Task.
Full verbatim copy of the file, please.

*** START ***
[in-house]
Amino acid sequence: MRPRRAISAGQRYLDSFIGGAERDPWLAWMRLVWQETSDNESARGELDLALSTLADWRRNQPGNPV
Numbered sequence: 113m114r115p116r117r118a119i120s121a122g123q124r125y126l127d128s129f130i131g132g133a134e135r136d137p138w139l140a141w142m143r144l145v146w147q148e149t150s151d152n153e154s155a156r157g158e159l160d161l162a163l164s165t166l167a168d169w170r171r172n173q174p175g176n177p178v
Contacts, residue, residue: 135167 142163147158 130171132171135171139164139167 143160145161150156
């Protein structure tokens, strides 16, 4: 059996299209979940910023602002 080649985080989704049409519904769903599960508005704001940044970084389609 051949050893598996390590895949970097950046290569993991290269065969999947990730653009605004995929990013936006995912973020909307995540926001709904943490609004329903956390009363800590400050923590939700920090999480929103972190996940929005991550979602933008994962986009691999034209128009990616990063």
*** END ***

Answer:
[in-house]
Amino acid sequence: MRPRRAISAGQRYLDSFIGGAERDPWLAWMRLVWQETSDNESARGELDLALSTLADWRRNQPGNPV
Numbered sequence: 113m114r115p116r117r118a119i120s121a122g123q124r125y126l127d128s129f130i131g132g133a134e135r136d137p138w139l140a141w142m143r144l145v146w147q148e149t150s151d152n153e154s155a156r157g158e159l160d161l162a163l164s165t166l167a168d169w170r171r172n173q174p175g176n177p178v
Contacts, residue, residue: 135167 142163147158 130171132171135171139164139167 143160145161150156
């Protein structure tokens, strides 16, 4: 059996299209979940910023602002 080649985080989704049409519904769903599960508005704001940044970084389609 051949050893598996390590895949970097950046290569993991290269065969999947990730653009605004995929990013936006995912973020909307995540926001709904943490609004329903956390009363800590400050923590939700920090999480929103972190996940929005991550979602933008994962986009691999034209128009990616990063």